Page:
When buying a car are you better off with a new car, or a used car? Buying a car is a major purchase, and some people follow the philosophy that buying a new car is best because it will come with a warranty and any repairs that it needs will be covered during the first few years that you own it. On the surface that does make sense, as does leasing a car. You have a set amount of money per month that is the car payment and you always know how much you’ll be spending. You also have the status of a new car the first year, that famous new car smell, and even the envy of your friends.
The fallacy of that argument is in the fact that a car depreciates the minute you drive it off the dealer’s lot. That can be a very expensive five minutes. A twenty thousand dollar car as soon as it leaves the lot is immediately worth only eighteen thousand, and within a month worth only fifteen thousand. That puts many new car owners in the situation of being upside down. When you are upside down you owe more money on the car than the car is worth. This is especially true for those people who get long term financing of a new car, for instance up to six years. You can spend five of those years actually owing more money than the value of the vehicle.
A story is often told of Sam Walton, the founder of the Wal-Mart stores. Sam drove a ten year old pickup truck to work most of his life. He was the richest man in American and he chose to drive an old vehicle because the status didn’t matter to him and he was wise with his money. In fact, many of the thousands of millionaires in America drive vehicles that are two to four years old. The reason? When you buy a two, three or four year old car someone else has taken the hit on the depreciation. You spend much less money and get a much better value in a vehicle. Of course you won’t be able to go into the showroom and pick out the car you want, but if you are not that picky there are many nice pre owned cars out there for good prices. In fact, you can save even more money by checking the classified ads and buying a used car from an individual rather than a car lot. If you miss the new car smell, stop by an auto supply store and buy that smell in a spray can. Or try pina colada for a change.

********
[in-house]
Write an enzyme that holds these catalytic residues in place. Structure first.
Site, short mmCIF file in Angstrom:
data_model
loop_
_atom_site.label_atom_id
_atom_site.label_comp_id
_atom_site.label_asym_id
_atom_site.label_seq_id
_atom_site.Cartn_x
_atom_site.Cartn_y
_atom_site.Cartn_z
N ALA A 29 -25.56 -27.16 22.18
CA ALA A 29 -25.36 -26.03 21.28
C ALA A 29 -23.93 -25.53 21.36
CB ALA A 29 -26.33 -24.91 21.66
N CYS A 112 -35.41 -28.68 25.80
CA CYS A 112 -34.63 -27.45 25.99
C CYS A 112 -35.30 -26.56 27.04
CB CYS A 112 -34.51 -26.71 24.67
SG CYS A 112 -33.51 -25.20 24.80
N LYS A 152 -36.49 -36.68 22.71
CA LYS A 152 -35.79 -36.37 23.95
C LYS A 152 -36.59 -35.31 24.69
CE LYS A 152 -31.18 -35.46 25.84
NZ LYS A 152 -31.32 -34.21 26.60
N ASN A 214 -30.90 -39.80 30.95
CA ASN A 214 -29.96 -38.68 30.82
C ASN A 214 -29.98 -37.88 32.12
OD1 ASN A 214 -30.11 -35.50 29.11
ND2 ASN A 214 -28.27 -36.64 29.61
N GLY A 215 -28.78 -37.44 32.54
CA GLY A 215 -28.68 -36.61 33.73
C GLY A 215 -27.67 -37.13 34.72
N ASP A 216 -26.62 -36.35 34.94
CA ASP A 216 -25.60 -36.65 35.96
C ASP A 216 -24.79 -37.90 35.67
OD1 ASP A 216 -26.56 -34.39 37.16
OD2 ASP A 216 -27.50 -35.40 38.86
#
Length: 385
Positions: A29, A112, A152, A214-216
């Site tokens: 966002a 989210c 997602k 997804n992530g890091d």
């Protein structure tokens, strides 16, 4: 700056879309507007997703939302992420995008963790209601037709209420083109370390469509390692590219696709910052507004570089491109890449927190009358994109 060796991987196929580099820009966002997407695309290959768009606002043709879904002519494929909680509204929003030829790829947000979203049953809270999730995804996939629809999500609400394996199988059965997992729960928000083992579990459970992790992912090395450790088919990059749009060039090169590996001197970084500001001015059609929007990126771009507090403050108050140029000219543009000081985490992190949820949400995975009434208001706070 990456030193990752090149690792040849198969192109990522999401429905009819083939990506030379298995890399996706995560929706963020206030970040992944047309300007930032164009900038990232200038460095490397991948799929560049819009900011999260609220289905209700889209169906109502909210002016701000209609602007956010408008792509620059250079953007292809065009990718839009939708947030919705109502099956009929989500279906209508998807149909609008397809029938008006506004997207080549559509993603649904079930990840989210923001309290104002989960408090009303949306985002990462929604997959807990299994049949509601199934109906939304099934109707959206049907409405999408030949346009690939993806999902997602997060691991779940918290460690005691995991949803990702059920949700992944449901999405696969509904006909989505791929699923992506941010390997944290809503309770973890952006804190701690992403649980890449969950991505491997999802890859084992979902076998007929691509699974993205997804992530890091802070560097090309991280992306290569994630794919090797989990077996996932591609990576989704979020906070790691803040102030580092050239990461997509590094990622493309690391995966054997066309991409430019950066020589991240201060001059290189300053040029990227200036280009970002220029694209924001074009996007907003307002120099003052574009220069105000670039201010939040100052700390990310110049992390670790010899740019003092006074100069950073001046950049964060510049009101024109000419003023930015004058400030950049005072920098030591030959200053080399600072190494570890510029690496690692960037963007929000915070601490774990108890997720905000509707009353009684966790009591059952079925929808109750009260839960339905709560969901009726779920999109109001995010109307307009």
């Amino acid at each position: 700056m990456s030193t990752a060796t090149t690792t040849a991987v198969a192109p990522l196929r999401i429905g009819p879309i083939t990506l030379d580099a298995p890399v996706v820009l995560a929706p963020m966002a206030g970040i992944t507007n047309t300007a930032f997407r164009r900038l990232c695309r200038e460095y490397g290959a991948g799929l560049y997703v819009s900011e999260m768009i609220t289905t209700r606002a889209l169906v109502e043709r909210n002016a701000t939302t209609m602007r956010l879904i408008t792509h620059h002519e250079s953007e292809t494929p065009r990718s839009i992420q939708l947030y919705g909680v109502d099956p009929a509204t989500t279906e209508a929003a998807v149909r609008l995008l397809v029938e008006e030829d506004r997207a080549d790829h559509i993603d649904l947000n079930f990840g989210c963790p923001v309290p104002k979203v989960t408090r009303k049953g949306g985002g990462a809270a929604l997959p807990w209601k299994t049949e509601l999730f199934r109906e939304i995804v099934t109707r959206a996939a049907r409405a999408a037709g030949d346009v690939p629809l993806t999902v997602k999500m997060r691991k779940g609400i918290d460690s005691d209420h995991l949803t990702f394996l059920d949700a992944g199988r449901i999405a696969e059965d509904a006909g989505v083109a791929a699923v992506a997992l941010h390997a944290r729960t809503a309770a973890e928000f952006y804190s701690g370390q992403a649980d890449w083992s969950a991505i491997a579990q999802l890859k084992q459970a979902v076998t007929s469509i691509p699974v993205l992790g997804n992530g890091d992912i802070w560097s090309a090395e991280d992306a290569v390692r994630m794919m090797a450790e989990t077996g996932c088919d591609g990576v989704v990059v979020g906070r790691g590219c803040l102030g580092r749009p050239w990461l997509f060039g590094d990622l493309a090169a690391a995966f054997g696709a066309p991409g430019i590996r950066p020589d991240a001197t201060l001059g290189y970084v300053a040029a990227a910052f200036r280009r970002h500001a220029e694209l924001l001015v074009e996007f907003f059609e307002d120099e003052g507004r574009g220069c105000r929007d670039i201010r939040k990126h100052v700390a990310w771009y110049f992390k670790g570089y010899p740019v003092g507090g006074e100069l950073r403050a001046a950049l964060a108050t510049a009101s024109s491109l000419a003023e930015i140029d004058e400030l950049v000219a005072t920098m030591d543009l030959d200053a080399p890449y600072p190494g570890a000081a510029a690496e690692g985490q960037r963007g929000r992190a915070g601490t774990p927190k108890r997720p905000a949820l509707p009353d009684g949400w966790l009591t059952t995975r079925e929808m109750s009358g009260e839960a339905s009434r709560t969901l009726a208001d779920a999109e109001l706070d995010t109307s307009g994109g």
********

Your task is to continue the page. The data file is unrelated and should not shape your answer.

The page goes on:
Unless a person is buying a classic sports car, or a very old classic to restore, buying a car is never a good investment. It is a tool. A means of transportation. You want it to be dependable and to run economically, but if you think of a new car as an investment you are sorely mistaken. A house is an investment. A house does not depreciate by several thousand dollars as soon as you buy it. People who are careful with their money will always go the used car route.